Adapt your processes to remote work and document them

This is time consuming and an initial overhead but it will streamline inefficient processes that you’ve probably lived with for decades, reduce the dependence on individuals, bring new staff up to speed faster and facilitate continuous improvement in how you work.  There are a number of ways of achieving this, but I’d recommend looking at using Lean Six-sigma as a means of both documenting and optimising processes.


Change the way you communicate

The least productive feature of office working is the meeting culture.  As I once saw scribbled on a white board in a meeting room ‘Why work when you can go to a meeting’.  Many companies have simply transferred this culture to remote work where it’s an even worse idea than doing it in the office. Remote work offers the unfortunate opportunity to run back-to-back meetings all day with no time wasted walking between meeting rooms.  By the end of the day your head throbs, your ears are hot from hours of wearing a headset and your brain has gone to mush.  I can’t stress this enough…this culture is bad and needs to stop.  If you want to develop successful remote work then remote workers need to make more use of asynchronous communication – text and video messaging – to get to the point where shorter, less frequent meetings are used to resolve the big issues and make final agreements.


Emphasise the human connection

This is something all good businesses are doing already. You must hold weekly 1:1s with your direct reports.  These are sacrosanct, don’t delay or cancel them.  You must hold monthly all staff meetings and make these meetings as interactive as possible.

Get information out there.  A lot of time and effort can go into drafting and re-drafting written updates so managers need to make use of tools which allow you to produce short videos quickly and easily.

You must thank people and make sure their efforts never go unnoticed.  Silent hero awards at your monthly all staff meetings are good but also think about sending out the odd bottle of wine or box of chocolates to say thank you. Make people feel valued and trusted and give them clear goals as to what is expected of them.

This isn’t revolutionary, it’s just good management.  The real issue is that proximity in offices has been compensating for poor management for decades.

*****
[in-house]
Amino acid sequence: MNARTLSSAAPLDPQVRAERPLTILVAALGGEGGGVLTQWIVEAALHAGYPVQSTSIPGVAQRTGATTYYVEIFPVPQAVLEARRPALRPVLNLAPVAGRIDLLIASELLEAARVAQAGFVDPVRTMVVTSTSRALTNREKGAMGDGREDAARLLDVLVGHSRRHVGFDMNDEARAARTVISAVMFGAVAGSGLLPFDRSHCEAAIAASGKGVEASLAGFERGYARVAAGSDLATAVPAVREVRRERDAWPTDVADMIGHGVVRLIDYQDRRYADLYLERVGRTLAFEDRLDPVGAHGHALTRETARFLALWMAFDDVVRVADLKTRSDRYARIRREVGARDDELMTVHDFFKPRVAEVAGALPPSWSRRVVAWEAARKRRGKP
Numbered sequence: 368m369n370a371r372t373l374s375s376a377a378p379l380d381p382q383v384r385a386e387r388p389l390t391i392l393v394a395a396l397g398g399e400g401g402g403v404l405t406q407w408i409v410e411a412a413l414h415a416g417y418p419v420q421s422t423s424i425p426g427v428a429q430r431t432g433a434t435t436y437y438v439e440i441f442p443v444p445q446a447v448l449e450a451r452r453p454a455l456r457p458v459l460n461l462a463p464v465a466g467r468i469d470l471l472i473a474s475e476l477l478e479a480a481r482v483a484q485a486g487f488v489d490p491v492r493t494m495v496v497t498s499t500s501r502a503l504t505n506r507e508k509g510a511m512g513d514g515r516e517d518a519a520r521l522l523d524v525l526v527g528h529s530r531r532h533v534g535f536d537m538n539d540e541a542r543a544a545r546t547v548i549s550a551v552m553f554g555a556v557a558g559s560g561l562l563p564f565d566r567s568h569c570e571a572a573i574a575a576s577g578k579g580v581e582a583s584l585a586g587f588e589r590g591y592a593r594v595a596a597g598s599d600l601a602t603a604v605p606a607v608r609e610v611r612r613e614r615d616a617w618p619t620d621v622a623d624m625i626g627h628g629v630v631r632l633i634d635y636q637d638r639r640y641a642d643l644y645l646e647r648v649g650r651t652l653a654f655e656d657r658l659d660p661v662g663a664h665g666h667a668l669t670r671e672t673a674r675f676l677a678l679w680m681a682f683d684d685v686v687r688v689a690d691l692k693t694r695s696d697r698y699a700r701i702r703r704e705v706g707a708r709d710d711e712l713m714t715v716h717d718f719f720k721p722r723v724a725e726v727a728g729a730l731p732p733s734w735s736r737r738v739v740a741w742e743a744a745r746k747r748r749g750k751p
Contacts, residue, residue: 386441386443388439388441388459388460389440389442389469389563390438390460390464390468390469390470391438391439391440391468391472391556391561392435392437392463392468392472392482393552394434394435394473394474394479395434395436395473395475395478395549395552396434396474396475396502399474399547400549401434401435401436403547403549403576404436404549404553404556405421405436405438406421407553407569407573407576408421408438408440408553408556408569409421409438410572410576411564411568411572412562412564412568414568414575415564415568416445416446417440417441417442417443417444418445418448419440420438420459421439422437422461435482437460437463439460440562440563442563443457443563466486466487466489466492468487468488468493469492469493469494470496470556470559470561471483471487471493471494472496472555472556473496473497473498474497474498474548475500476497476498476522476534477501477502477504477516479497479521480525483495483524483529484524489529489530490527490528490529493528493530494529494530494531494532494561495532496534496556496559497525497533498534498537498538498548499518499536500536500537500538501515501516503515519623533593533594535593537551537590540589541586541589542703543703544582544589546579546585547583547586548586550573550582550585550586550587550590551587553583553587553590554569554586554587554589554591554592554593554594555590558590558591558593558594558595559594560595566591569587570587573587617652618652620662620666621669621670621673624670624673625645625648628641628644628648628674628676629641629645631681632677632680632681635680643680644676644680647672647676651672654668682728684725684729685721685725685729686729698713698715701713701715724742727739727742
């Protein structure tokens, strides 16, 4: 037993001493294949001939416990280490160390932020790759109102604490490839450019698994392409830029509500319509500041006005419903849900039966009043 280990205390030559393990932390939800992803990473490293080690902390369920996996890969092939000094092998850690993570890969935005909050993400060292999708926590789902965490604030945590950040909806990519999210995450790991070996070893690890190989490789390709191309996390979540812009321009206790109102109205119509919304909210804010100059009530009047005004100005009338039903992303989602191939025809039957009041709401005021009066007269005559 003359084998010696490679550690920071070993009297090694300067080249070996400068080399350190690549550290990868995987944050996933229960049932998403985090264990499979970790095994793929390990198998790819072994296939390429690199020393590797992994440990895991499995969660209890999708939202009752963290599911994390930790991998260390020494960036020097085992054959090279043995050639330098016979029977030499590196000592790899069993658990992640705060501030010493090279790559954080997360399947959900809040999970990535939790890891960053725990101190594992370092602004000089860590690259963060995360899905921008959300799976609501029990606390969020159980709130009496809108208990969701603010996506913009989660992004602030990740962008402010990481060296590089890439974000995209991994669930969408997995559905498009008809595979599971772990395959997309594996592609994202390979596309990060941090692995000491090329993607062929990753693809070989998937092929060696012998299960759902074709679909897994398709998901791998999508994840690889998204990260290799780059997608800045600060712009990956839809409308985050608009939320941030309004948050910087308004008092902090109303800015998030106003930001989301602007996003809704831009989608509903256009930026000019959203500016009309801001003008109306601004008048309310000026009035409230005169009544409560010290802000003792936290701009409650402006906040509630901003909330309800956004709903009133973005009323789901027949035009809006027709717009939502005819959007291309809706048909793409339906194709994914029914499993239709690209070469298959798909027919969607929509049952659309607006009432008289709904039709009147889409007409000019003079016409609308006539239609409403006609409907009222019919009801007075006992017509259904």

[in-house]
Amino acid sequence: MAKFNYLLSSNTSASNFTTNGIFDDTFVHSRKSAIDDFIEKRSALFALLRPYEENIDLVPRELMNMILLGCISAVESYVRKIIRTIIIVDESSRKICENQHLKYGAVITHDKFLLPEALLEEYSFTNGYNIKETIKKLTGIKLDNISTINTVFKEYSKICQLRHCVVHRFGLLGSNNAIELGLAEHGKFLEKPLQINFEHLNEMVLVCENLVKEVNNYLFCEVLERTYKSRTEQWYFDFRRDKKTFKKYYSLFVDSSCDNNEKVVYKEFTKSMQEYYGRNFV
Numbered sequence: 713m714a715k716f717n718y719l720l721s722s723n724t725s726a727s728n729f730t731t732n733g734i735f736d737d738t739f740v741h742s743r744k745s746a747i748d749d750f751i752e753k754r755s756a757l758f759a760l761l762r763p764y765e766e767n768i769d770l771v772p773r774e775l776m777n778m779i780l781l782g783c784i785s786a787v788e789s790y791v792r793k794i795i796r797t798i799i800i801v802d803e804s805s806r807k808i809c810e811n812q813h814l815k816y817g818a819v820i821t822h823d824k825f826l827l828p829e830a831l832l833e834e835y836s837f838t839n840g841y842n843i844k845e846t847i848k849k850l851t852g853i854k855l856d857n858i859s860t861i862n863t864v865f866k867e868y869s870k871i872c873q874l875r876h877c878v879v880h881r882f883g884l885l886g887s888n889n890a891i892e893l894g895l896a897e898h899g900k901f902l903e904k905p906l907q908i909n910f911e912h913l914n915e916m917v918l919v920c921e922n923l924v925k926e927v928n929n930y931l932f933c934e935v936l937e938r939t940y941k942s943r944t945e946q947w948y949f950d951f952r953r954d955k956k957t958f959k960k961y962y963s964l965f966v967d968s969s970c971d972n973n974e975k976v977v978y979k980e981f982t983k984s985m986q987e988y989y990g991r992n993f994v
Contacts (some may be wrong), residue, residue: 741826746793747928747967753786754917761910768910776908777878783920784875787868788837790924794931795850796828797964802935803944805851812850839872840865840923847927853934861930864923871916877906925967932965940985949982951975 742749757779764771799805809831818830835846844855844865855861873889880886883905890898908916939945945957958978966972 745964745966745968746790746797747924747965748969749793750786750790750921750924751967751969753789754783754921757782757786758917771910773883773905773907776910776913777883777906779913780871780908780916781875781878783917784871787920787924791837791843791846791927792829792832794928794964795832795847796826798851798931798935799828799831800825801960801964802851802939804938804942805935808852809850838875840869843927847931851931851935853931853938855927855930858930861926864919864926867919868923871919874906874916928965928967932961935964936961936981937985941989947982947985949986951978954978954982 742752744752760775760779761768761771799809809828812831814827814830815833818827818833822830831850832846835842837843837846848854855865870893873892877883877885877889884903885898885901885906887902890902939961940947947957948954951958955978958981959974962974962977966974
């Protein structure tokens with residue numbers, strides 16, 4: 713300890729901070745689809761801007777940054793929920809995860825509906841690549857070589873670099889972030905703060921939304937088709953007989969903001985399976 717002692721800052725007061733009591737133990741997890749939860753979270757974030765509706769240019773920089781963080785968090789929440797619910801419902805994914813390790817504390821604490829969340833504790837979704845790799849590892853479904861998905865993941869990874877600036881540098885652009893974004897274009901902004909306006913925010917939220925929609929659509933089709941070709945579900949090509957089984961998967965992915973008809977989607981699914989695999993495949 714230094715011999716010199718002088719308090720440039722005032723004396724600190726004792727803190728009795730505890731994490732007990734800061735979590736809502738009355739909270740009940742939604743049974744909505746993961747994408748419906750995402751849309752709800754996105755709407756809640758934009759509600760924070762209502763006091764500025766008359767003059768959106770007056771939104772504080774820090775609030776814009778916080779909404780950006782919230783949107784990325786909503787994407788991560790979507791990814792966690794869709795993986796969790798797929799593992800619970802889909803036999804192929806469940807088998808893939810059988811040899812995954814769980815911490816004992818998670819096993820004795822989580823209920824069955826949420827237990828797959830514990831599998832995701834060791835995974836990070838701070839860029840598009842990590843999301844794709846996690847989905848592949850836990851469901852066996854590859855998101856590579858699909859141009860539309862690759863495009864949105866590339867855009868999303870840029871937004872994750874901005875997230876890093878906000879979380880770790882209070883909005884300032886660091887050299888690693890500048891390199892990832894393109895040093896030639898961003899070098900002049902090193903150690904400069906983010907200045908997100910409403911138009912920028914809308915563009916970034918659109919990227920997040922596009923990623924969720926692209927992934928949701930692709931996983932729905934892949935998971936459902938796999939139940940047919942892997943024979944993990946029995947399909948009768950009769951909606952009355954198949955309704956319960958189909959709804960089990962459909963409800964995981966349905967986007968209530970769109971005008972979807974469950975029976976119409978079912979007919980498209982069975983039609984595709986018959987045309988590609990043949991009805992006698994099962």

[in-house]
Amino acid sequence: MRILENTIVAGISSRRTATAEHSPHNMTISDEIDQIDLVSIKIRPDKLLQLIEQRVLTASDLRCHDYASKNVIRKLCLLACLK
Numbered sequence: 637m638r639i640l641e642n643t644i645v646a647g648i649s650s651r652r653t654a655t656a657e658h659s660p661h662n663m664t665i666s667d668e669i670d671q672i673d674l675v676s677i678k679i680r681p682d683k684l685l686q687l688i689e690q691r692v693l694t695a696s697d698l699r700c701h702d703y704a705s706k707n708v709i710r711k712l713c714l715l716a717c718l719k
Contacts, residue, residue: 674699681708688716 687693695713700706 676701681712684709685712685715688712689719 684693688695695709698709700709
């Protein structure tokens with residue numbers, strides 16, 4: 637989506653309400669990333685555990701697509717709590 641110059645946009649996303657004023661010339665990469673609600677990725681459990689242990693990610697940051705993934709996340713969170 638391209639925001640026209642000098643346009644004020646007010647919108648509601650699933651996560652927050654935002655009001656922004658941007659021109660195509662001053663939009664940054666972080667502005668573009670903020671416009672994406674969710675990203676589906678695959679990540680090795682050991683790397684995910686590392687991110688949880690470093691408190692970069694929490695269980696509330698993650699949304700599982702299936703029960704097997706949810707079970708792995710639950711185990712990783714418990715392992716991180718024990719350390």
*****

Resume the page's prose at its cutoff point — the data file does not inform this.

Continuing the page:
Encourage social interaction

Offices work socially because of the Propinquity Effect effect.  The more people meet each other the easier it is to build relationships.  You need to work a little harder to replicate this when people are remote.  Try a coffee channel on your instant messaging app where people can meet to talk things over or try interest channels where people can discuss common pastimes. Try a wall of fame where people can post photos of themselves and stuff about what they do outside of work.  Organise remote social activities.  Organise working meet-ups.


Organise Working Meet-Ups

Meet-ups are the best way to encourage social interaction and counter feelings of isolation and loneliness.  The hybrid model for remote work is the one most people believe will be the future of the office – 3 or 4 days remote and one day in the office.  I really don’t believe this works, I would get rid of all offices and substitute them with regular work based meet-ups in hired spaces.  Staff then substitute daily commutes for a drive/train ride/flight to a monthly meet-up.  Meet-ups are purposeful, diarised and can encourage creativity and you don’t end up with people going into offices one or two days per week to just host video conferences with people who are remote.


Use the right tools

There are a huge number of productivity, collaboration, project and task management, knowledgebase and communication tools on or coming on to the market.  See our Reviews section.

The Remote Project Manager and Remote Work The New Normal by Gren Gale addresses all of these suggestions for successful remote work and more.



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